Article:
Some key points of proposed tax changes
The Office of Tax Simplification has issued a report to the Chancellor following a review of inheritance tax, so I want to highlight the headline recommendations.
Depending how a farm owner structures their affairs, it is possible to claim Business Property Relief on assets which may not otherwise qualify for relief. This is where trading and investment assets form part of an interest in a single business which is “wholly or mainly trading”.
Under current IHT case law, the term “wholly or mainly trading” has been found to be more than 50 per cent. It is appropriate to look at a number of aspects, including asset values, turnover, profitability, management time spent, the business in the round and historical context to evaluate this. When the overall business is deemed to be mainly balanced towards trading, then BPR may apply to the whole business.
The report recommends a potentially significant shift in the “wholly or mainly” test to align this with the legislation covering capital gains tax. For those purposes, the trading activity needs to be at least 80 per cent of the businesses activities. This could be significant, as if the test is not met then the IHT relief may be withdrawn for the whole or part of a business (except where APR applies for partnerships and individuals) including trading assets that may receive relief ordinarily. Any such business structures should now be reviewed to see how they stand up against this proposal.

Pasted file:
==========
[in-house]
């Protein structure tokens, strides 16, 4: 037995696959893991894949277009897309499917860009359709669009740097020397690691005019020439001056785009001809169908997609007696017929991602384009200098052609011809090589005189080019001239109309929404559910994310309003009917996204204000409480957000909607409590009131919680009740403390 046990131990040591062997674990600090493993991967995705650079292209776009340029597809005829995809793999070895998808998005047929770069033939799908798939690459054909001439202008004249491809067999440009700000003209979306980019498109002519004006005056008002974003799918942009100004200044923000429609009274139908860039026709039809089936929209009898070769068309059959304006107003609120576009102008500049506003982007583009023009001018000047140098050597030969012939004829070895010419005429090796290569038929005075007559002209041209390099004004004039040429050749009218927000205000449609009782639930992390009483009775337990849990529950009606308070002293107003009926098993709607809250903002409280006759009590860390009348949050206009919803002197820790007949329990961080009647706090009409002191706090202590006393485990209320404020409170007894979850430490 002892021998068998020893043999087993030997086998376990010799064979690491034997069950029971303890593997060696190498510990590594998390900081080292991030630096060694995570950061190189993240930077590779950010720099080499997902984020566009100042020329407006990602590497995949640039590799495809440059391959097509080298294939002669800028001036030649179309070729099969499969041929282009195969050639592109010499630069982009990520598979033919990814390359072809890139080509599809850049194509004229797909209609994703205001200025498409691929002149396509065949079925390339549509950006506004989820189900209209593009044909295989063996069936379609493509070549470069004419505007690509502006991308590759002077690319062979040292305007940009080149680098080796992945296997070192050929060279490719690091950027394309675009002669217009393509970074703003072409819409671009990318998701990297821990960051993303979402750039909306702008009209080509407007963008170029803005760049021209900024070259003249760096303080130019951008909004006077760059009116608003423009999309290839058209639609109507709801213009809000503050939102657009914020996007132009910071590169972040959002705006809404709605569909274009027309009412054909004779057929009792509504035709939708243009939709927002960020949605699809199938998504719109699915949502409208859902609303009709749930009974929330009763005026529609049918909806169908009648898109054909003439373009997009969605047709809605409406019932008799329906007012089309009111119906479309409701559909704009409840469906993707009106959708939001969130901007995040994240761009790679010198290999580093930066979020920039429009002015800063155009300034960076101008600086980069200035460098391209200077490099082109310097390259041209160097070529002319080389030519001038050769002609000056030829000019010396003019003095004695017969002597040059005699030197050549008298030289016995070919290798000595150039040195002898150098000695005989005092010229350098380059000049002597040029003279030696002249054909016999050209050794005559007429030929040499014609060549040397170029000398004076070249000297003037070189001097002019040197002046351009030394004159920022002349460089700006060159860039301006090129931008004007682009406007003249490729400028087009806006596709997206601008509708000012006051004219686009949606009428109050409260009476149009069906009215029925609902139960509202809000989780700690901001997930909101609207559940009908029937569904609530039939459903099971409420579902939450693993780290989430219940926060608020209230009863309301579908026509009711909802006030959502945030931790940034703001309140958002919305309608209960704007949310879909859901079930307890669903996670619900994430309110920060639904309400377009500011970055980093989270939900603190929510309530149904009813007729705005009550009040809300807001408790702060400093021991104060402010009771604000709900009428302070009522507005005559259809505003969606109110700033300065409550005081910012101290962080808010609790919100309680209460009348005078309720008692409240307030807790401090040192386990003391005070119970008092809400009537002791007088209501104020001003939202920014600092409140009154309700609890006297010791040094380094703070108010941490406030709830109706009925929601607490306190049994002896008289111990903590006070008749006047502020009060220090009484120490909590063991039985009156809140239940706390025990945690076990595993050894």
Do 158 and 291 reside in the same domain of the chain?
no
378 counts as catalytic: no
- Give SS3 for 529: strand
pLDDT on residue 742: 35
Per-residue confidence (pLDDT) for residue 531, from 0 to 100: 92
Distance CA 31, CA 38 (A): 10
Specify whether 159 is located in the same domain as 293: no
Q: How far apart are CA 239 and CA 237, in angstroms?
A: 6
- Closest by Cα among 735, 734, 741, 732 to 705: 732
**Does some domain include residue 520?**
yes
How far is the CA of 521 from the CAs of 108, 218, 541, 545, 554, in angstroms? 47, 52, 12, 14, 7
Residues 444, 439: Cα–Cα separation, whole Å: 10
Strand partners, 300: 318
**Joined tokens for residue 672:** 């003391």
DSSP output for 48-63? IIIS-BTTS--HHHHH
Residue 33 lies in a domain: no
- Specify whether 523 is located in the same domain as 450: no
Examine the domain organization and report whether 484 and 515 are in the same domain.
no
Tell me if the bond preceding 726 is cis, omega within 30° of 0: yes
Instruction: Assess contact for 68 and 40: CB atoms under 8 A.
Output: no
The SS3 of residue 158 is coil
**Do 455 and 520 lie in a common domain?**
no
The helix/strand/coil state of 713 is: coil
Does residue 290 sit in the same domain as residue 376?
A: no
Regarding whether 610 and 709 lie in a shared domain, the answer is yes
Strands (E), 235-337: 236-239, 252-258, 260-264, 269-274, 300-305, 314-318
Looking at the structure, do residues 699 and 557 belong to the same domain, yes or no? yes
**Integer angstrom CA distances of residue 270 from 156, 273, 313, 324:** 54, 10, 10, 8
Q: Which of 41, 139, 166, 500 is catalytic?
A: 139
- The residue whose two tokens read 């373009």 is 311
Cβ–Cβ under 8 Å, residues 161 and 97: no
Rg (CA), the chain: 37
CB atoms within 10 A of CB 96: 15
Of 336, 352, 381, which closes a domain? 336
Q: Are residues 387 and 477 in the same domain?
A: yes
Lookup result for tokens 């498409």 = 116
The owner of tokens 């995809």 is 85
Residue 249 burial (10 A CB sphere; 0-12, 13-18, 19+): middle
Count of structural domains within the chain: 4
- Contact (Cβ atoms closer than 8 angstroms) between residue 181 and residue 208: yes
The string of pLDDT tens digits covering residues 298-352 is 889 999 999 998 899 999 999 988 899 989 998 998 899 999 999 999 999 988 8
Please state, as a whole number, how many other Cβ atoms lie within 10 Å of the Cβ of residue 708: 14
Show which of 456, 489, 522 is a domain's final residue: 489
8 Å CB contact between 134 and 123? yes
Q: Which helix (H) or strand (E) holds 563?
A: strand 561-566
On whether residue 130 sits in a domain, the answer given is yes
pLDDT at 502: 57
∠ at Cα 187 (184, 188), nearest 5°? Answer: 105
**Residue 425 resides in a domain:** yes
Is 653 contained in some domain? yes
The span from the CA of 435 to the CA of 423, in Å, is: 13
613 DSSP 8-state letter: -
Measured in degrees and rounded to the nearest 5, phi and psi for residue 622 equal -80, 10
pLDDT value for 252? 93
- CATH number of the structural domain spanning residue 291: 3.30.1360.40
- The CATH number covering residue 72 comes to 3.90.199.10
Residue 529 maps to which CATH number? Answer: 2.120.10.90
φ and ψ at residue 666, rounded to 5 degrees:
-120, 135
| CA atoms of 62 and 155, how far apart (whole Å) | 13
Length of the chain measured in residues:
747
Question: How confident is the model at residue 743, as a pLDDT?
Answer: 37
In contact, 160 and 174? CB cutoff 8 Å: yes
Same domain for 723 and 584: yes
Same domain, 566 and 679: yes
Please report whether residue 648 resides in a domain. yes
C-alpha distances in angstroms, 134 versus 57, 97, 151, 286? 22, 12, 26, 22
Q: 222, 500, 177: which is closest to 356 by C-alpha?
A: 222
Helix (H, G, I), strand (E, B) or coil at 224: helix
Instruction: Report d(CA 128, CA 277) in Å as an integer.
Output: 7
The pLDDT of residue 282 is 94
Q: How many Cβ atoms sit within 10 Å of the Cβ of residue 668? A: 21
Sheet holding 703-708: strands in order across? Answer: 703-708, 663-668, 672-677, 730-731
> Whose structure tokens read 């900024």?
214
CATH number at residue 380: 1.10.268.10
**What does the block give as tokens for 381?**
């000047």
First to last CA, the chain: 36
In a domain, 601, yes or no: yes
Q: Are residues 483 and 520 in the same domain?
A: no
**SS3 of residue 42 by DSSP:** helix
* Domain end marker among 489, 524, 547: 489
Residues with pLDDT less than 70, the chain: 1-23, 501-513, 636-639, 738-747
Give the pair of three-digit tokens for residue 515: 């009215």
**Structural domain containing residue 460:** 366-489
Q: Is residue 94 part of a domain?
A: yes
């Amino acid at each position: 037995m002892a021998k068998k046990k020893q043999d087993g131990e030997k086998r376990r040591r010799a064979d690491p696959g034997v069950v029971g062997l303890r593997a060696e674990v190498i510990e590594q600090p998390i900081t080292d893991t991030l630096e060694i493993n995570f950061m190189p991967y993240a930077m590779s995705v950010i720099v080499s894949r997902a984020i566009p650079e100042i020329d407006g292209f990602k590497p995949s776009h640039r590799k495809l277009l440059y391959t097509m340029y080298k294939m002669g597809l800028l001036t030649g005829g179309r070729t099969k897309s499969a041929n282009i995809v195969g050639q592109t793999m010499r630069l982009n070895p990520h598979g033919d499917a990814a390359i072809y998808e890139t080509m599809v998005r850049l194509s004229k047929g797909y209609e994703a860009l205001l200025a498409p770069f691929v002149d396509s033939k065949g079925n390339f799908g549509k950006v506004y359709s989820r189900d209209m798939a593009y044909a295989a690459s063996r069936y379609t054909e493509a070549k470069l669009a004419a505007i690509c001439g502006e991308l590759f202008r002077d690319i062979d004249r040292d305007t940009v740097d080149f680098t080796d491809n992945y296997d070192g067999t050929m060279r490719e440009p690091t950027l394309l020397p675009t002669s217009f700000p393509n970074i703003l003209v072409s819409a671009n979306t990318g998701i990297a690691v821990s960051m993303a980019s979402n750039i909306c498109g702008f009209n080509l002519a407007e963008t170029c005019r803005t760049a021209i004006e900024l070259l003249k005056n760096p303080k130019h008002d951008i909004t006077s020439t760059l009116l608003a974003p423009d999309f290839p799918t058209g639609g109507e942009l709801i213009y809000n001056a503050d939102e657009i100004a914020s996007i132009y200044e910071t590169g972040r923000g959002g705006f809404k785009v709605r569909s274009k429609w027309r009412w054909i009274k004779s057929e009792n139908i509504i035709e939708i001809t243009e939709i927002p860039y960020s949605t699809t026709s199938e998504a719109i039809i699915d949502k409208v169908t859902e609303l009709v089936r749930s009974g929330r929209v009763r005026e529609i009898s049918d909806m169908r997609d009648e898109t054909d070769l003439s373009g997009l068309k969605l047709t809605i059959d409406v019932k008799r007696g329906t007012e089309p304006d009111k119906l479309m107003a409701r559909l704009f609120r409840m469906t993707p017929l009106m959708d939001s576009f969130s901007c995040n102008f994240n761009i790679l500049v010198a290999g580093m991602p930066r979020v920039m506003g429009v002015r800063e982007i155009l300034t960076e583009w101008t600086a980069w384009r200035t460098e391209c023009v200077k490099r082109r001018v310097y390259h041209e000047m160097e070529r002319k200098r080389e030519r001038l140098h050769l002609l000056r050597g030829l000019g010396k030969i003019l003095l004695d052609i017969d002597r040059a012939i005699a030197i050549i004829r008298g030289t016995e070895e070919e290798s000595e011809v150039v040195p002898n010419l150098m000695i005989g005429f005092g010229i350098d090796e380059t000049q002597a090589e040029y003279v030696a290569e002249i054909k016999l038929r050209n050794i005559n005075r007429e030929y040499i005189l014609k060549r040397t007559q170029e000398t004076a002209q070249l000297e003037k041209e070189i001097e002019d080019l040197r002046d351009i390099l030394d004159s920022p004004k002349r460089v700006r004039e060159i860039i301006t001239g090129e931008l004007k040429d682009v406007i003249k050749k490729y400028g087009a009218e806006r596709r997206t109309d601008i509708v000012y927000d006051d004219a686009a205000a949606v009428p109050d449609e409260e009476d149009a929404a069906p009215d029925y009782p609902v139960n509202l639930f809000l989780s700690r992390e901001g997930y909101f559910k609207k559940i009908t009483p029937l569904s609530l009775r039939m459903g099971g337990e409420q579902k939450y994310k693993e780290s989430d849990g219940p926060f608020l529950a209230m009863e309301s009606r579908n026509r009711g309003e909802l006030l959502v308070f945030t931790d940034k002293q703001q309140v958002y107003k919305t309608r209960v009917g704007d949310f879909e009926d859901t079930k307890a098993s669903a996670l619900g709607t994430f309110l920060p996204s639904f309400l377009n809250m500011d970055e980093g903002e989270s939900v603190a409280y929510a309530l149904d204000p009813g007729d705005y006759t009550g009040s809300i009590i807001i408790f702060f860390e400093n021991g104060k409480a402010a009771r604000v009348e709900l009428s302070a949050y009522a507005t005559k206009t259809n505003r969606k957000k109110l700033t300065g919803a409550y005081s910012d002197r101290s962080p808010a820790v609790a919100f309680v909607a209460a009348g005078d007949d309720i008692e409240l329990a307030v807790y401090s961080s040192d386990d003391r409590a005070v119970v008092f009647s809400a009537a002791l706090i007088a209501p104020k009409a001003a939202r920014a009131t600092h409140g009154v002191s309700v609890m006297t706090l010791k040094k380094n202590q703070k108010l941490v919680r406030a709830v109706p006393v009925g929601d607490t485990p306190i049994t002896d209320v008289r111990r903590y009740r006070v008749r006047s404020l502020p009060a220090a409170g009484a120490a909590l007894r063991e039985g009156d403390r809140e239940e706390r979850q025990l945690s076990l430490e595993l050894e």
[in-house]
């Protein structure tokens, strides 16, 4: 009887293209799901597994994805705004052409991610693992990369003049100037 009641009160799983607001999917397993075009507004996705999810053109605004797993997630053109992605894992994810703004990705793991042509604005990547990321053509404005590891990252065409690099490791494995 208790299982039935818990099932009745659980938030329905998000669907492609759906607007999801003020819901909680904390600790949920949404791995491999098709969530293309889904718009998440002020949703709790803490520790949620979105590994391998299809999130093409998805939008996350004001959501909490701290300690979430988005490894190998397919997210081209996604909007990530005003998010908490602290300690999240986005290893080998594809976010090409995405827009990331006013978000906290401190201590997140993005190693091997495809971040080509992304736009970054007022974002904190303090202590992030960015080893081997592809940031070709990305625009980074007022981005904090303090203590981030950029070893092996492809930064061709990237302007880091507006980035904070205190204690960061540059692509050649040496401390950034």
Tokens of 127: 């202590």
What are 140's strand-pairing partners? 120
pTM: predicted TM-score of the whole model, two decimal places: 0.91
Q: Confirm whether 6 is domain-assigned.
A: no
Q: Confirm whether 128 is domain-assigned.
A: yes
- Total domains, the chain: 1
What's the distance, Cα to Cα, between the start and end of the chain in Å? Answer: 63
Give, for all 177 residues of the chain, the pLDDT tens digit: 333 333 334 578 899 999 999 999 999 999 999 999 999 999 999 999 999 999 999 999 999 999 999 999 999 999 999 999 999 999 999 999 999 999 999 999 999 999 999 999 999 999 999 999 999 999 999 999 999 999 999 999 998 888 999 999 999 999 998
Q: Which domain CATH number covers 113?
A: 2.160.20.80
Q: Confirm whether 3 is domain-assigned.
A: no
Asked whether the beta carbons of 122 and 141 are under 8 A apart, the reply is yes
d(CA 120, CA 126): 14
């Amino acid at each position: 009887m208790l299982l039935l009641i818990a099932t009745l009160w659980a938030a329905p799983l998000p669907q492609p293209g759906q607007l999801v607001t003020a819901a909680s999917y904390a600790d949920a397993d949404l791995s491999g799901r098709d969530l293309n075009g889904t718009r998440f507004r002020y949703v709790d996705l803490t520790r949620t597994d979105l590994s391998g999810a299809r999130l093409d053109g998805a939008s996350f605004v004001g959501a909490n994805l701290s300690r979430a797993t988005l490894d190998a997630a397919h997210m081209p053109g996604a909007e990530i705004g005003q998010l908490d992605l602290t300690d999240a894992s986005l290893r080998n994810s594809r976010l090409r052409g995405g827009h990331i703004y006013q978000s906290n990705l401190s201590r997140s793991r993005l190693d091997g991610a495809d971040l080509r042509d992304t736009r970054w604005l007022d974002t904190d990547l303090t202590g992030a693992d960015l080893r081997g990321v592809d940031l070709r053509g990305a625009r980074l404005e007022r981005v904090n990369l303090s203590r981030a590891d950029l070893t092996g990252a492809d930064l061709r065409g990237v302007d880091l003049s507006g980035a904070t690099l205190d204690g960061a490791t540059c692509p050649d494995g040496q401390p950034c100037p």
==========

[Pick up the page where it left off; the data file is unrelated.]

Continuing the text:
Where IHT reliefs are claimed on death – business property relief or agricultural property relief – the normal tax free uplift in value for capital gains tax purposes is not given. Instead the beneficiary inheriting the assets receives them at the original base cost of the deceased. The report suggests this would encourage more lifetime gifting to enable an earlier succession and avoid people retaining assets to benefit from this uplift.
HMRC currently review IHT relief claims for farmhouses where the farmer is absent due to ill health on a case by case basis. The report is recommending that clear factors need to be determined for such situations to make claims more certain. The report does not however state what these factors should be.
The current rule for lifetime gifts is that those made in the final seven years before death are charged in the deceased’s estate, although taper relief may be available for IHT purposes. The report proposes to abolish taper relief and reduce the seven years period to five years.
There are other recommendations included in the full report for smaller reliefs for IHT and gifts out of income.
Roy Jackson, Partner at Whittingham Riddell.